|Angela Bandurka instructing Fume Free Oil Painting last Sunday in the ARTspot Studio.|
|Mini manikin men sporting paper umbrellas. ARTspot window display February 2013.|
|We have been building our book selection. This month we have new titles about color mixing and DARING COLOR!! ARTspot window display February 2013.|
|ARTspot also a gallery showing contemporary art. Think of us when looking for gorgeous, exceptional paintings, sculpture and jewelry by the local artists we represent. Painting shown, by Stephanie Reilly, is part of our current show.|
- Modeling Paste
- Art created by people I love, my grandmother, other distant relatives, my mom, my son, friends...
- Pieces that I've purchased because they spoke to me. I buy art for emotional reasons, not decorative ones.
- Some of my art has been passed down to me by ancestors – going back even farther than my grandparents.
Claude Monet, 1873
|Impression, Sunrise - in black and white|
It can really help you when you feel like something is just not working in your painting to revisit your values.
Here are some of mine: (these rules can be broken, but they are usually true and very helpful):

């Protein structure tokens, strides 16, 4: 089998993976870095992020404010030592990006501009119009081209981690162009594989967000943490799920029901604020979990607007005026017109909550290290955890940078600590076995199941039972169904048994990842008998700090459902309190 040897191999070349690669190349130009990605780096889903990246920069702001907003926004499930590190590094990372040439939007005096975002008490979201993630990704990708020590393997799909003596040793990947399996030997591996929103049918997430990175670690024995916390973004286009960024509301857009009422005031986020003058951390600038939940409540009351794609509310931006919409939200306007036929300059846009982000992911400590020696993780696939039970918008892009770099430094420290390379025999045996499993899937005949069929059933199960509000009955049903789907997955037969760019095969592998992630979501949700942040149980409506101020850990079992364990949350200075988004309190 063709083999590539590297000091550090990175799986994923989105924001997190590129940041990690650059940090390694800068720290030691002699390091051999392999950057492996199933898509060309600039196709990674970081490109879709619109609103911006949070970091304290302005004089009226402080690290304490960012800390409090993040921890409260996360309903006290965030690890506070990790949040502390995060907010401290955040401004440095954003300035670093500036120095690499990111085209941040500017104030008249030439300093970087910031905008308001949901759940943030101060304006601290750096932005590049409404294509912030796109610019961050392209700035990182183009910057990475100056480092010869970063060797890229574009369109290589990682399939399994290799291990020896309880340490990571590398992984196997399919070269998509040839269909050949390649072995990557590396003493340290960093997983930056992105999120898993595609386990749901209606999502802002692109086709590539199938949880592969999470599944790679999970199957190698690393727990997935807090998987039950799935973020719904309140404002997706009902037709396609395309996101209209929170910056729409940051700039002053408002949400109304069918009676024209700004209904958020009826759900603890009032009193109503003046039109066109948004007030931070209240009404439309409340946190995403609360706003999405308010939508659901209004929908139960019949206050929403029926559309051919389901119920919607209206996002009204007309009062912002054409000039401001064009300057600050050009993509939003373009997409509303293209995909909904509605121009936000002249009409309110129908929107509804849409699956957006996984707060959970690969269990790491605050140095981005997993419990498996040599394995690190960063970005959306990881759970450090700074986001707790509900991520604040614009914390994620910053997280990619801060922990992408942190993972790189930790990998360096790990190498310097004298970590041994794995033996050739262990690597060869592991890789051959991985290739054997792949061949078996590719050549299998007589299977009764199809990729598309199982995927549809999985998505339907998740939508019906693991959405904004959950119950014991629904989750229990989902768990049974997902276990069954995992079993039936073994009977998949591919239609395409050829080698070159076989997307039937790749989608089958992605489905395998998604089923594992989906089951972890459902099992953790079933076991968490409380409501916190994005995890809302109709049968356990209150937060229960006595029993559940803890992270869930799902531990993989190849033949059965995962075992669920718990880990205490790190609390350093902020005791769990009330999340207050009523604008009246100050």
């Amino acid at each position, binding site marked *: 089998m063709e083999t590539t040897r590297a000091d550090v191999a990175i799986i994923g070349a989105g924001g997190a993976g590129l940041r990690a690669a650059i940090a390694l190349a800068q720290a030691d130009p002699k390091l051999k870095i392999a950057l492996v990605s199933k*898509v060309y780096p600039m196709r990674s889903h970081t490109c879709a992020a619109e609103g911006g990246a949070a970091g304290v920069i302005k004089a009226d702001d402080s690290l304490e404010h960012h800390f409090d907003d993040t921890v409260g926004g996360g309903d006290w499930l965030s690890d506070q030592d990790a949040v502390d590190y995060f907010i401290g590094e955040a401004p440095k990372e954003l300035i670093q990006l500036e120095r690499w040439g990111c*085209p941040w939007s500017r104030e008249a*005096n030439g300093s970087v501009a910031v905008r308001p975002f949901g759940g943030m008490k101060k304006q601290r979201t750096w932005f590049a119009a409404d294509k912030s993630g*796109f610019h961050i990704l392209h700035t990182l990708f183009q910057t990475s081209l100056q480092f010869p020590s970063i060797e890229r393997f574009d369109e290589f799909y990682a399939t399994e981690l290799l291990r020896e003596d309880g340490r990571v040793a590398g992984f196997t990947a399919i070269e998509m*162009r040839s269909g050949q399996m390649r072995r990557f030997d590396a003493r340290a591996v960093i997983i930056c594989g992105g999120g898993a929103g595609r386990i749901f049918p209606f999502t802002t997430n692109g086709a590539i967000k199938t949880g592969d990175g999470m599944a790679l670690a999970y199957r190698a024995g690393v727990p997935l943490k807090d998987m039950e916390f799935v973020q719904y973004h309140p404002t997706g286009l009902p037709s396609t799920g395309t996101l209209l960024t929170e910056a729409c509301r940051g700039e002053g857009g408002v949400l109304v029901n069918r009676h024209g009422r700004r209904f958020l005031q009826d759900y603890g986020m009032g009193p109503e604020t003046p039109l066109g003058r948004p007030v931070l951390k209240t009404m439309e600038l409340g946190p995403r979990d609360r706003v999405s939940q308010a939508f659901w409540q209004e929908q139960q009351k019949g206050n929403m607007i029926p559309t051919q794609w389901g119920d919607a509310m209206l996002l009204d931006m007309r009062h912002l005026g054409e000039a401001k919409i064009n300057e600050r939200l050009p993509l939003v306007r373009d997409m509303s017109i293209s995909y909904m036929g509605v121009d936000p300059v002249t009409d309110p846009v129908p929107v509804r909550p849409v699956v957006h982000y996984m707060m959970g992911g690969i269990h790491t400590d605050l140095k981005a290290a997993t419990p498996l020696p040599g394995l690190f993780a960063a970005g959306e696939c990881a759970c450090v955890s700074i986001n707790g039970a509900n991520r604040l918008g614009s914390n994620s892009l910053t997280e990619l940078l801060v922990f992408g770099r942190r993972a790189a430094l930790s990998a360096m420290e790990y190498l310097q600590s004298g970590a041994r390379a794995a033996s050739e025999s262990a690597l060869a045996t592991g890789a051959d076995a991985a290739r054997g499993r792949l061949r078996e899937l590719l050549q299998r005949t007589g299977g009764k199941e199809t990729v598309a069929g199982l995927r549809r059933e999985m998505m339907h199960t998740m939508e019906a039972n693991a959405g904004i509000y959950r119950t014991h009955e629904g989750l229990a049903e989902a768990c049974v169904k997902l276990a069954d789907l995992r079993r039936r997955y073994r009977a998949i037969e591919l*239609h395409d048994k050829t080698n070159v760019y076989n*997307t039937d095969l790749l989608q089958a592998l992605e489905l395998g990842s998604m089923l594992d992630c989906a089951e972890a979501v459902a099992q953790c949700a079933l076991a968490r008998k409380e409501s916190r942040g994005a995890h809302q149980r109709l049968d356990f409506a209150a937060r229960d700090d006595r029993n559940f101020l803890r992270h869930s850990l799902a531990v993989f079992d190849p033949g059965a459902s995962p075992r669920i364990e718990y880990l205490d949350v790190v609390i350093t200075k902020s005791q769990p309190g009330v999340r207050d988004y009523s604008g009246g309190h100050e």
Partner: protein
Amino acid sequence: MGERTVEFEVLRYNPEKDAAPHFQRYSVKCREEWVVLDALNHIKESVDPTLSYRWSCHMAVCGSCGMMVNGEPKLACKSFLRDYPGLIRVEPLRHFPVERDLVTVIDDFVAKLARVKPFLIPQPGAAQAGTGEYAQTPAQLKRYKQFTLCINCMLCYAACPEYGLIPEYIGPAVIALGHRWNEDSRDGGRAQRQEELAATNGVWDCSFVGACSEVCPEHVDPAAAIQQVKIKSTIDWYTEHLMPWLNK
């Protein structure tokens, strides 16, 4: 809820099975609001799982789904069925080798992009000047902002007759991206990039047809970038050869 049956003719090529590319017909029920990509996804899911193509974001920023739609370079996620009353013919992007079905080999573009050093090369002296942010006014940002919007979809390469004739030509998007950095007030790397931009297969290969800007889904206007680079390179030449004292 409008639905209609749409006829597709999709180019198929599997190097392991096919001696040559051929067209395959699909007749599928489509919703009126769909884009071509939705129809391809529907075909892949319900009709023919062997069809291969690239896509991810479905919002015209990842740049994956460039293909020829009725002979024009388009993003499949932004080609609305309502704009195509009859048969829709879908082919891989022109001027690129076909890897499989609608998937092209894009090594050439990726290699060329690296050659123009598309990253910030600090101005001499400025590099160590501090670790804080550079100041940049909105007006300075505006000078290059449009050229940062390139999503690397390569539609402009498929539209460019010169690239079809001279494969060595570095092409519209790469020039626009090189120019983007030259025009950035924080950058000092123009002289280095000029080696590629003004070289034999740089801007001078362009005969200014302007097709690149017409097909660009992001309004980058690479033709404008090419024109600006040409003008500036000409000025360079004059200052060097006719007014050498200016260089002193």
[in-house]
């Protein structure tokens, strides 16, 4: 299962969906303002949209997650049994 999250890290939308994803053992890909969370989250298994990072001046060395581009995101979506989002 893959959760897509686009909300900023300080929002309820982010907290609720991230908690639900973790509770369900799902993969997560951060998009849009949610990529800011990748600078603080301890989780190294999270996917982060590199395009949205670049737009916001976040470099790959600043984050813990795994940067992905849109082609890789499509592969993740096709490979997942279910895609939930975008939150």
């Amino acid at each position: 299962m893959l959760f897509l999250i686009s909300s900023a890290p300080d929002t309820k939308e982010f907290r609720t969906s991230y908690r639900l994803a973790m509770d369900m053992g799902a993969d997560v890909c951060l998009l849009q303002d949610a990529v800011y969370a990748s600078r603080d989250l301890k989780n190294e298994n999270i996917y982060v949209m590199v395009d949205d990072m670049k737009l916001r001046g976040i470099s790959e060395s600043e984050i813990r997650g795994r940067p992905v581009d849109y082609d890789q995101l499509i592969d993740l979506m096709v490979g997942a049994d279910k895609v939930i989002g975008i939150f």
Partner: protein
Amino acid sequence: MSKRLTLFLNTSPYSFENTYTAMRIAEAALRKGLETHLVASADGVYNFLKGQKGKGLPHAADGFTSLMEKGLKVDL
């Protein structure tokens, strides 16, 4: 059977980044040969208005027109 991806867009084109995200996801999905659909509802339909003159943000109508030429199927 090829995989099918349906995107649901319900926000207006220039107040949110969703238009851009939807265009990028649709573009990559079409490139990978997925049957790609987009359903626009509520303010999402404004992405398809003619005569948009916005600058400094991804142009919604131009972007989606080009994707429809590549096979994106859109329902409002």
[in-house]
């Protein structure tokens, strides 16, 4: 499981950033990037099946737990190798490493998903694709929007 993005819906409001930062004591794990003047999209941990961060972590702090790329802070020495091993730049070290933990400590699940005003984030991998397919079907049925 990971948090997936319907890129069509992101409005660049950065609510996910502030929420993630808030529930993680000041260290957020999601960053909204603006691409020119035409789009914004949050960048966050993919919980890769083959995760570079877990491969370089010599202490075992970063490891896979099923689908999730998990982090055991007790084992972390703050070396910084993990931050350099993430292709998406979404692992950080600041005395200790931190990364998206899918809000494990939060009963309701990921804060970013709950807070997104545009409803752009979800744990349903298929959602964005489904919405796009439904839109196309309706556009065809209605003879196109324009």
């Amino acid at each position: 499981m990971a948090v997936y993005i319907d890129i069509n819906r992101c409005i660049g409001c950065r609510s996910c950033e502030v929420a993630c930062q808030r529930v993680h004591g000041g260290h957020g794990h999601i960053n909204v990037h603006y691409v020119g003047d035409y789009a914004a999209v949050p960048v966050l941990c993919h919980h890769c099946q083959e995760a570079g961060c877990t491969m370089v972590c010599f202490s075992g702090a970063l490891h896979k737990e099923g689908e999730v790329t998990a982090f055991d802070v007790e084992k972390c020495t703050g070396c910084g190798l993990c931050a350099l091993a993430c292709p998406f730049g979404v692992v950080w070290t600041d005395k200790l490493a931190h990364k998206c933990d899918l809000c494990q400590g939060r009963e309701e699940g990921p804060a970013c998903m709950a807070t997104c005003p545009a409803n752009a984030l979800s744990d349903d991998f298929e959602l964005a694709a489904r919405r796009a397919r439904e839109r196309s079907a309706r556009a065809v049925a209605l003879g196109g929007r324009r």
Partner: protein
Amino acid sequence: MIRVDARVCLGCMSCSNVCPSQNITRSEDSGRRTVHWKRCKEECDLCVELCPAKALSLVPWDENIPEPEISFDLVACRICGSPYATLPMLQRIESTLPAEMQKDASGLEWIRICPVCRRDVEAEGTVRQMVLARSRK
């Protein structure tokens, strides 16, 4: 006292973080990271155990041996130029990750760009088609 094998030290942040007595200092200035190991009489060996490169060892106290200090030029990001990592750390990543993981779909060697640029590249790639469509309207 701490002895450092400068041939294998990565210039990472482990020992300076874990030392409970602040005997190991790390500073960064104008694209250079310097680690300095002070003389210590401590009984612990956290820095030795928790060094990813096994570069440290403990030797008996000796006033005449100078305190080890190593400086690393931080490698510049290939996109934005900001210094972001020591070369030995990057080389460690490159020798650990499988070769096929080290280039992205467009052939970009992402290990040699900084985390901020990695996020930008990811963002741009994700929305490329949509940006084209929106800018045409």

- VALUE: Darks approach, Lights recede. Things that are closer to you are darker - so your shadows in the trees that are right beside you are going to be much darker than the shadow in the trees 100 feet away.
- PROPORTION: Objects get larger as they get closer to you and smaller as they move farther away. That's why the road gets narrower and narrower as it goes off into the distance until it becomes a spec.
- SATURATION: Colors are brighter and have more yellow in them than colors that are in far away objects. Think of distant mountain ranges. They might be full of green trees, but they still look blue and pale. Distant objects are usually greyer and blue/purple-ish. That's because of the atmosphere, which usually drops the color yellow first in the spectrum, followed by others one by one.
- DETAIL: Objects that are closer are gonna have more detail - but as an artist you can determine where you want the eye to go first and be more detailed in that area. So you can fudge this one a little (think of how a camera lens can do this for you - now do it for yourself in your work!)
I've taught numerous types of children's art classes, as well as adult art classes (plus I am a mom as well). If there's one thing I've noticed in the classrooms and dining rooms of young people, it's that they love to create and their parents want to help them but don't know how.
Well here are some pieces of advice I've picked up along the years to share with you :)